Original Research

The innovative use of social media for teaching English as a second language

Christopher Rwodzi, Lizette de Jager, Nhlanhla Mpofu
The Journal for Transdisciplinary Research in Southern Africa | Vol 16, No 1 | a702 | DOI: https://doi.org/10.4102/td.v16i1.702 | © 2020 Christopher Rwodzi, Lizette de Jager, Nhlanhla Mpofu | This work is licensed under CC Attribution 4.0
Submitted: 09 May 2019 | Published: 20 February 2020

About the author(s)

Christopher Rwodzi, Department of Applied Languages, Faculty of Humanities, Tshwane University of Technology, Pretoria, South Africa
Lizette de Jager, Department of Humanities Education, Faculty of Education, University of Pretoria, Pretoria, South Africa
Nhlanhla Mpofu, School of Social Sciences and Language Education, University of the Free State, Bloemfontein, South Africa


The need to improve English proficiency and inclusion of social media in language teaching have resulted in teachers having to develop new teaching strategies incorporating digital tools. In South Africa, English teachers in township settings have to develop teaching strategies suitable for teaching English using social media platforms, especially in resource-constrained secondary schools. From literature and education policies, teaching of digital literacy is strongly recommended, but teachers in some township environments are not pedagogically capacitated to teach and use social media in teaching English. To explore the experiences of such teachers, this study explored the use of social media for the teaching of English as a second language in township schools. The study used an interpretivist qualitative approach in an exploratory case-study design to understand teachers’ initiatives and strategies in teaching English as a second language using social media. Data collection was done using semi-structured interviews with open-ended questions and document analysis. Teachers’ voices, actions and documents on the use of social media were analysed inductively and thematically. The research findings indicate that the sampled English teachers used social media for collaboration, networking, communication and out-of-school digital literacy practices as their initiatives. These digital initiatives lead to the utilisation of digital connection platforms for socialisation and teaching and learning English. In addition to dividends of connectivism, visual communication and cyber linguistics were found to have become critically important practices for learners learning English as a second language. The implication is that the education policy-makers and planners in South Africa need to revisit the policy on e-learning and Information Communication Technology (ICT) usage in schools to incorporate the methodological requirements and competences for teachers to use in the teaching of English using social media. In addition to improvements in policy measures, English teachers in resource-constrained township secondary schools need to improve their digital literacy skills to line up themselves for online and out-of-school literacy learning requirements.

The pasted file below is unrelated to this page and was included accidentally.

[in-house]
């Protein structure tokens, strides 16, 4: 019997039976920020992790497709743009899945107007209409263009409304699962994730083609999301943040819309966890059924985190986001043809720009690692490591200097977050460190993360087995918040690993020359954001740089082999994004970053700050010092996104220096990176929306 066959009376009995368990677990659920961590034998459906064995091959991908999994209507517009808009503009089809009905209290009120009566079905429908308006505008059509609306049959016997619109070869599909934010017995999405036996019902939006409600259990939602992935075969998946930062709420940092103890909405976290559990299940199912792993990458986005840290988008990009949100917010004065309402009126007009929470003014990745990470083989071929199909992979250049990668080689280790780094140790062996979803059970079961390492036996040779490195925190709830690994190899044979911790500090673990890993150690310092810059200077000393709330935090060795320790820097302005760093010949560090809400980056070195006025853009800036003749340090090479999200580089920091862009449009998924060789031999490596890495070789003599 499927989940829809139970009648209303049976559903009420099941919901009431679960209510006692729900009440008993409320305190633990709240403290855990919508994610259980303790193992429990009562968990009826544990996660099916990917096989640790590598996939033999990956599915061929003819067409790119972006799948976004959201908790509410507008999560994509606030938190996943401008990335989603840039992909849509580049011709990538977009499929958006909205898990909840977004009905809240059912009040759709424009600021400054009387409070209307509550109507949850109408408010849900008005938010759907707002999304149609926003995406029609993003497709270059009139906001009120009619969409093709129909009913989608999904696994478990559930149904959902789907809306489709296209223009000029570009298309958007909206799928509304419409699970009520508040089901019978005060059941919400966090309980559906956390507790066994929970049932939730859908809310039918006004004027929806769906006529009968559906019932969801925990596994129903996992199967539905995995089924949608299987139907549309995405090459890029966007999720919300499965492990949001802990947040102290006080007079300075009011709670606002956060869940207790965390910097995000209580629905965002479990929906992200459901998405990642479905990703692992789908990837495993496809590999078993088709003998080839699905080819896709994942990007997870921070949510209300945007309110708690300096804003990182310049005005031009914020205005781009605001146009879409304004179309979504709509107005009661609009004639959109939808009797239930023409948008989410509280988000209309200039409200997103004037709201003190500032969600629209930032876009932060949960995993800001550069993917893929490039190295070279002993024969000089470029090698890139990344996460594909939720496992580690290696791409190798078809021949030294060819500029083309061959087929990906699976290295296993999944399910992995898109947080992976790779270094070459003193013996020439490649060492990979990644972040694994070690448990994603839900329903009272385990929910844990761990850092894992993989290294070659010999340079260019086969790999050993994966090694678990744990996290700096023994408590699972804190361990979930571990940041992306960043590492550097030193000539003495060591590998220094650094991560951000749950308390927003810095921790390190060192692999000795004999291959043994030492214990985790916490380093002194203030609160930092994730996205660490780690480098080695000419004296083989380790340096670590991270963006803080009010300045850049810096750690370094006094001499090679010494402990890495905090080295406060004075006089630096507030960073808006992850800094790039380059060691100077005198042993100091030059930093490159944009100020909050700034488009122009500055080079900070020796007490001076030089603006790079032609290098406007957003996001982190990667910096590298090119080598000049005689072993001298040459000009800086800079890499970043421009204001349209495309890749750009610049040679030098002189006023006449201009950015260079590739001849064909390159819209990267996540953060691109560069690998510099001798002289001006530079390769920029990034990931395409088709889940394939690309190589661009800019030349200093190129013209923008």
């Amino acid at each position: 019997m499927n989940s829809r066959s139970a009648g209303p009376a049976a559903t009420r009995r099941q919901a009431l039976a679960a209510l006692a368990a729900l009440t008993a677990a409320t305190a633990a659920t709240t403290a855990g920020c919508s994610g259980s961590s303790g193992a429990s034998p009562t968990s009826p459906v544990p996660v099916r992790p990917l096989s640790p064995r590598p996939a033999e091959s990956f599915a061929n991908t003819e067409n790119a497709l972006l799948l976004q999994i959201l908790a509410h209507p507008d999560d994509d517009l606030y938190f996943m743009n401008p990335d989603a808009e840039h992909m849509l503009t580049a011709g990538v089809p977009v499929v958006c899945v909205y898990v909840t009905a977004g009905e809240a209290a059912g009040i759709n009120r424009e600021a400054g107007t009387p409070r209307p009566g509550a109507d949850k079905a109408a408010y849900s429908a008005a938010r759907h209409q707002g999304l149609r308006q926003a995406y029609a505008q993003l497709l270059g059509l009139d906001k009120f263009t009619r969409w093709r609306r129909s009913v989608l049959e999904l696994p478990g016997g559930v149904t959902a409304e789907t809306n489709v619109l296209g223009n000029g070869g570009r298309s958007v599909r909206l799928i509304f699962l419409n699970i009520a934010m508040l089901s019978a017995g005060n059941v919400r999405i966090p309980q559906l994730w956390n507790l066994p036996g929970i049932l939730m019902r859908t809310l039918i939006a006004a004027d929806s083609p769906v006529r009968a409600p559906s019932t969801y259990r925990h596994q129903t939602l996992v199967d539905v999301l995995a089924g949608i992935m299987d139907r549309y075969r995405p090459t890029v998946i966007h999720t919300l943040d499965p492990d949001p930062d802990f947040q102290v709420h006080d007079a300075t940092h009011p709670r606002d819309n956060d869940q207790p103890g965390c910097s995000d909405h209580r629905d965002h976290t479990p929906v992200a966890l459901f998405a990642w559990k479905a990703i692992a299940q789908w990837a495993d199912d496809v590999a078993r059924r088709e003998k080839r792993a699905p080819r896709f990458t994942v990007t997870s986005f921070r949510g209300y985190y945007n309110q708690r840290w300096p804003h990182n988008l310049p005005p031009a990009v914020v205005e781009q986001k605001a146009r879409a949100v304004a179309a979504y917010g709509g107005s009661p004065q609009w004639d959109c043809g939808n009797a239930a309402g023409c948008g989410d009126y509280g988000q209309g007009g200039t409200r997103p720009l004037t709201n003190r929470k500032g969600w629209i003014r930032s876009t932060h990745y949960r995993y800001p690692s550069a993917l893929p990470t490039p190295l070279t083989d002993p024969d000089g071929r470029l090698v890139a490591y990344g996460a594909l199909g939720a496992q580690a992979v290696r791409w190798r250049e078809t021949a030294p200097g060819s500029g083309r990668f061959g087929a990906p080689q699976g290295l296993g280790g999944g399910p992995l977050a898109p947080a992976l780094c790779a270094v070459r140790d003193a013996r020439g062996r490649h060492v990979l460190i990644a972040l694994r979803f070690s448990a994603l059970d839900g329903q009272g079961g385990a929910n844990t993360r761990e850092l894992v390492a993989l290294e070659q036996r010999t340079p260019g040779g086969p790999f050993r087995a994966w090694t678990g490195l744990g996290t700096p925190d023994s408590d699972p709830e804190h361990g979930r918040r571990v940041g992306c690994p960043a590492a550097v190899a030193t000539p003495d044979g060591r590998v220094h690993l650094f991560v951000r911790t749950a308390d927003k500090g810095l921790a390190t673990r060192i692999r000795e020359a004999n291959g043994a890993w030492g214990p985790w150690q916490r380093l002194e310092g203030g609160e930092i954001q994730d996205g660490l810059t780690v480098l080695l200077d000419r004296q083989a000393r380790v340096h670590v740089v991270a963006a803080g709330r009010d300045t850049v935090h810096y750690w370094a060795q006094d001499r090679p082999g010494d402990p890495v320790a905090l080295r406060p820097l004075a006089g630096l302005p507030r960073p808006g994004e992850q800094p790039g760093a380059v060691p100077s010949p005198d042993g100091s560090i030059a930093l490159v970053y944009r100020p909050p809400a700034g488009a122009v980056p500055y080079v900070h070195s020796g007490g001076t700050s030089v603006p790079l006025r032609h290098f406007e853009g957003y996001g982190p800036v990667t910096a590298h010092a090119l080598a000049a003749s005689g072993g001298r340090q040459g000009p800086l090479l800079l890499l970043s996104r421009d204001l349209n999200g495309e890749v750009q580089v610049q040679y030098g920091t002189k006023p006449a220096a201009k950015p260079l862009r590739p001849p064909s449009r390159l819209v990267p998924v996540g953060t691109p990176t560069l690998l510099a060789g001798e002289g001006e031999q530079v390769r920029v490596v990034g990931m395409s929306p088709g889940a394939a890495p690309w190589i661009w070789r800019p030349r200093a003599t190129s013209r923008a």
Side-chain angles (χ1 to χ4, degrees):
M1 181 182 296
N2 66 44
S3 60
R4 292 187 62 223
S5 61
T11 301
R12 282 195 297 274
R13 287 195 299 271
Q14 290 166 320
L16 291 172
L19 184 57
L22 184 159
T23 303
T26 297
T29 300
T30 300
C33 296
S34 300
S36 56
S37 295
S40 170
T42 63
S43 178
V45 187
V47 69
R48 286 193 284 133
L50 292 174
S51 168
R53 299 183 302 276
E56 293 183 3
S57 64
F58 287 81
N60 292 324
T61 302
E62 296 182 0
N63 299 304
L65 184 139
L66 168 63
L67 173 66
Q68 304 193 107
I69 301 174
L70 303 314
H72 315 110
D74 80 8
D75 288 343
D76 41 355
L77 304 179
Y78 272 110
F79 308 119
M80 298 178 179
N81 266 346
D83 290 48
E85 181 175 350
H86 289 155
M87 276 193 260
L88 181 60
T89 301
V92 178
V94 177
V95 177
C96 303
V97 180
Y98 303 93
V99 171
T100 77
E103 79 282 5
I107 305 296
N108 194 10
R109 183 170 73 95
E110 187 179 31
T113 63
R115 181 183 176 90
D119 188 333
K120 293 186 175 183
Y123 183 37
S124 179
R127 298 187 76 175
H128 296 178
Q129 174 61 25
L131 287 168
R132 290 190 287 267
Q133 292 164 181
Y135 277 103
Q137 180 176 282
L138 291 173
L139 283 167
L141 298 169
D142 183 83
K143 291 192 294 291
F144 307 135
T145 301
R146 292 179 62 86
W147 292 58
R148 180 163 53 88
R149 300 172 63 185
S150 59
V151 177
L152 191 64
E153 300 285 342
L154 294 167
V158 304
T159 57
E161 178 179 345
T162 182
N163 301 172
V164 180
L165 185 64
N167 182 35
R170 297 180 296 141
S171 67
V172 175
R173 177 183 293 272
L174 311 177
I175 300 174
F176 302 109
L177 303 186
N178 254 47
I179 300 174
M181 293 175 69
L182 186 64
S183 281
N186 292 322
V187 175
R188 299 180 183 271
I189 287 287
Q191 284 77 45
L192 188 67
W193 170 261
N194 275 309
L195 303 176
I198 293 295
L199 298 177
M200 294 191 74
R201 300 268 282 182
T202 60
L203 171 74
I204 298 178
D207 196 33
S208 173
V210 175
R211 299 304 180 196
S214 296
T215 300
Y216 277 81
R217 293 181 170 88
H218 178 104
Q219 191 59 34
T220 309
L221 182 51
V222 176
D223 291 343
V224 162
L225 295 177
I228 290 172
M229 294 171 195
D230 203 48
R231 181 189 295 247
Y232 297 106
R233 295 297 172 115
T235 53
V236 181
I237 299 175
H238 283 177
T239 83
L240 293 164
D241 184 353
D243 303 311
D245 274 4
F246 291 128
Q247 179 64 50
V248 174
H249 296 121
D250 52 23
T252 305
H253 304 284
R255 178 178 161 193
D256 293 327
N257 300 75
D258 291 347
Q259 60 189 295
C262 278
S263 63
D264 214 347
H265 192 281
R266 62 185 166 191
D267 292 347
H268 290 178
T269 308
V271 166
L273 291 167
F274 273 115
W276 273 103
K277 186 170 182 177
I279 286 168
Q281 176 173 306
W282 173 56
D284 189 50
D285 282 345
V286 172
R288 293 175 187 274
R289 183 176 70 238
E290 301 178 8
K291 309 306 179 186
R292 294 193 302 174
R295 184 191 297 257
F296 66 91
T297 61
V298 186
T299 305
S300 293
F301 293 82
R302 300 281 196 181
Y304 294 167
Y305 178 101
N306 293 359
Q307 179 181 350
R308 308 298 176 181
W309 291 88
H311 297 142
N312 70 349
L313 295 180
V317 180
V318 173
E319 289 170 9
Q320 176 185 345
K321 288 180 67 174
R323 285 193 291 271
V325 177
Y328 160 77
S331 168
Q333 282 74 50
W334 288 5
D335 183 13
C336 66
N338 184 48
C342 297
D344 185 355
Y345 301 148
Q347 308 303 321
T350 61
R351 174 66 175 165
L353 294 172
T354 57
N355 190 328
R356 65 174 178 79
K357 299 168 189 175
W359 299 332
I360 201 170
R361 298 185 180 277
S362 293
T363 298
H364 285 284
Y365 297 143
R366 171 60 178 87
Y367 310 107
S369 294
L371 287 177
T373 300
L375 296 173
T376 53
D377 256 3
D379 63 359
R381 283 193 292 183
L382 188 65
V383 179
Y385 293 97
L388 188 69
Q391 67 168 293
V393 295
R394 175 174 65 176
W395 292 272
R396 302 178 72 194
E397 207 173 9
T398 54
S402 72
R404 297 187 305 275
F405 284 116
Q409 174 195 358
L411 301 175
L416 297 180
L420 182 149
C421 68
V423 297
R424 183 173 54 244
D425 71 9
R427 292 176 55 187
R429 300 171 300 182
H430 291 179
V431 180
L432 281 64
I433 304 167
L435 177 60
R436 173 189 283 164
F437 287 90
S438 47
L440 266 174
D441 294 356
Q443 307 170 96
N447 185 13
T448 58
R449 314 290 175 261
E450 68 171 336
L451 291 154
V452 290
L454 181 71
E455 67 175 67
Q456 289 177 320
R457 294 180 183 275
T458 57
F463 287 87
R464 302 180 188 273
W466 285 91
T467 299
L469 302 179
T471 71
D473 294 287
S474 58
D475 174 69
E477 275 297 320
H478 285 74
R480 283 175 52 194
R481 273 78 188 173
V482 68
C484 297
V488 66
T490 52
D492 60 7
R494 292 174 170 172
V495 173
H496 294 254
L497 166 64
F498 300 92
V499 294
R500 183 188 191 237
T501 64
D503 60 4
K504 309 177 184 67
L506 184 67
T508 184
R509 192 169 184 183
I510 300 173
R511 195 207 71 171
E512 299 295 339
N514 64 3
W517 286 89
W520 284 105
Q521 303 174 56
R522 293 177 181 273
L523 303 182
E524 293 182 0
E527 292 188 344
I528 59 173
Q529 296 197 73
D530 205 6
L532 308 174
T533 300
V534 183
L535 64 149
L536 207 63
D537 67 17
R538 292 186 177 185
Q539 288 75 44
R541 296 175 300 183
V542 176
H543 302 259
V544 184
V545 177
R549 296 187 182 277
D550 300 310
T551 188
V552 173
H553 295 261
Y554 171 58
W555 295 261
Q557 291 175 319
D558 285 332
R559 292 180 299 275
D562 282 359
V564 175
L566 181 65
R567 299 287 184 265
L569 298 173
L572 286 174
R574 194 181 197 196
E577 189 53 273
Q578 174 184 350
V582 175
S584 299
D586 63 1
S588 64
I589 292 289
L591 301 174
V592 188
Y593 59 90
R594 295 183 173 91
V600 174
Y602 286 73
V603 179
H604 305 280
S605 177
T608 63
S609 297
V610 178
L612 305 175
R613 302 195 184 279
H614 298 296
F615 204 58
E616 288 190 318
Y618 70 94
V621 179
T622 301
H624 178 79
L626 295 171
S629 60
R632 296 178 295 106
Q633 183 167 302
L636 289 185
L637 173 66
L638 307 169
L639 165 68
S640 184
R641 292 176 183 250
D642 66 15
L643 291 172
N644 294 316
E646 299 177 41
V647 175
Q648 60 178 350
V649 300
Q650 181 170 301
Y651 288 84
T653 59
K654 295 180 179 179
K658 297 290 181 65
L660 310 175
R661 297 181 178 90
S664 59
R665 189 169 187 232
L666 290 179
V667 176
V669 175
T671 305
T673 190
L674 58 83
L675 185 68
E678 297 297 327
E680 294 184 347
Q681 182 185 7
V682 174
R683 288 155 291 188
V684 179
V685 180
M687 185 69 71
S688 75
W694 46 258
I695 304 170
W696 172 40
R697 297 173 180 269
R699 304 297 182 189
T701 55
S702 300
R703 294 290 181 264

digital literacy; multiliteracy; second language learning; social media; teacher initiatives.


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